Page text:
I would argue that as long as the differences are objective and can be documented, it should be on topic. What you don't want is just a generic "Is it good?".
Some examples of possible changes:
Graphics: the most obvious one. That said, while most would expect the new AAA title to "look worse" on a Switch, many would assume more "dated" graphics should be fine. This is not the case, all it takes is some low-effort port and even simpler lighting/texture can look worse on Switch.
|PS4 / PS5
Performance: should be easy enough, but some games run very poorly on some systems. Shadow of Mordor was basically unplayable on PS4 for example
Censorship/"modified content": this mostly concerns "fanservice" and thus isn't really an issue - most of the time. But you have some odd cases where Sony censorship makes less sense. For example Doki Doki Litterature Club comes to mind - it is an horror game, yet the Playstation versions censored some death scenes.
Difficulty / amount of content: In some (rare) cases one version has more content than the others. This may be due to a DLC not released on one version, collaboration items that aren't available outside one platform and/or work differently. See things like Minecraft, especially when version specific items are involved.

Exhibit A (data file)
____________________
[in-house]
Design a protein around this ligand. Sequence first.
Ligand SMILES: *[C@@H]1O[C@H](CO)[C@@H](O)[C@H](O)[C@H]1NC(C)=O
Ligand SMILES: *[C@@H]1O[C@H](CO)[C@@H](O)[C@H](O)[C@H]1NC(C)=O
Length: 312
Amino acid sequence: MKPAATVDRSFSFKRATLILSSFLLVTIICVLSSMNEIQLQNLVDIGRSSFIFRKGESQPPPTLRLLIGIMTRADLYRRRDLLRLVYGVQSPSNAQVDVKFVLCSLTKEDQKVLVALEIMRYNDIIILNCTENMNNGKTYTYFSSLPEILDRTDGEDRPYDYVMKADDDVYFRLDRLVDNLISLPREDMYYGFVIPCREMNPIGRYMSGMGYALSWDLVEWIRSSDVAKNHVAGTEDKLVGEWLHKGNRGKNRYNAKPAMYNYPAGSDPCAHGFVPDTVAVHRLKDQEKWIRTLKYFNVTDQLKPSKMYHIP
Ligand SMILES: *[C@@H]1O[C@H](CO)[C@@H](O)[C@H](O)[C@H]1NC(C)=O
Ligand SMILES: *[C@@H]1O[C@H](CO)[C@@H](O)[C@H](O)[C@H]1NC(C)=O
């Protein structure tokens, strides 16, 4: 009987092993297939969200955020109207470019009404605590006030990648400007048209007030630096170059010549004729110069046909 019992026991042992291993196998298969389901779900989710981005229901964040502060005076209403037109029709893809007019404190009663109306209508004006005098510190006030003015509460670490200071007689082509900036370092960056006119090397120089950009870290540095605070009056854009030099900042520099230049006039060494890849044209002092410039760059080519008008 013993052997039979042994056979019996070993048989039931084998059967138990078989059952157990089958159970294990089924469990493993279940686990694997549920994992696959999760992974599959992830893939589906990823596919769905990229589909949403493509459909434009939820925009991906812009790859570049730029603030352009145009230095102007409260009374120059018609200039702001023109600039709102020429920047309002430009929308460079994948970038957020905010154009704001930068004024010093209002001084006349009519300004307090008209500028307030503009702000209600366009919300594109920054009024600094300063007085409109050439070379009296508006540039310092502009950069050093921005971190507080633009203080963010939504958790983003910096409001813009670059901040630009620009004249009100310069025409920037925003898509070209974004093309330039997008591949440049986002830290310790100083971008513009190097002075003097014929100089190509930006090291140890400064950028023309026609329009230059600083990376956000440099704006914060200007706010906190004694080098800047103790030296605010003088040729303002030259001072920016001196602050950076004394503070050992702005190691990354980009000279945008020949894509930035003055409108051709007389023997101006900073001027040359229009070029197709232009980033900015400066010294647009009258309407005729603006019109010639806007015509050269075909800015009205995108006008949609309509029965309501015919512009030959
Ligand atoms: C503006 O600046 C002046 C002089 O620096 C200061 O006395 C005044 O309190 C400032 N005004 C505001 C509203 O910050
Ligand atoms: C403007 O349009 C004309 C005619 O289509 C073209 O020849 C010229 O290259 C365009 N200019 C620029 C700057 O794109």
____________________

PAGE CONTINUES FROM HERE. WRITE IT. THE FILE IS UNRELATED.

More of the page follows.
Control Options: Most of the time this relates to the difficulty of using a pad for Console FPS, and whether it is possible to use a mouse instead. It also becomes very relevant for games that had console-specific control devices at the time of release (touch screen use, motion controllers, microphones, webcams etc).
It is also worth mentioning another side case. Sometime two consoles receive complete different versions of the same game. Just think at the Megadrive/Master System era - Sonic The Hedgehog on Megadrive is a complete different game from Sonic the Hedgehog on Game Gear / Master System. But in this case it is probably better to use separate tags instead.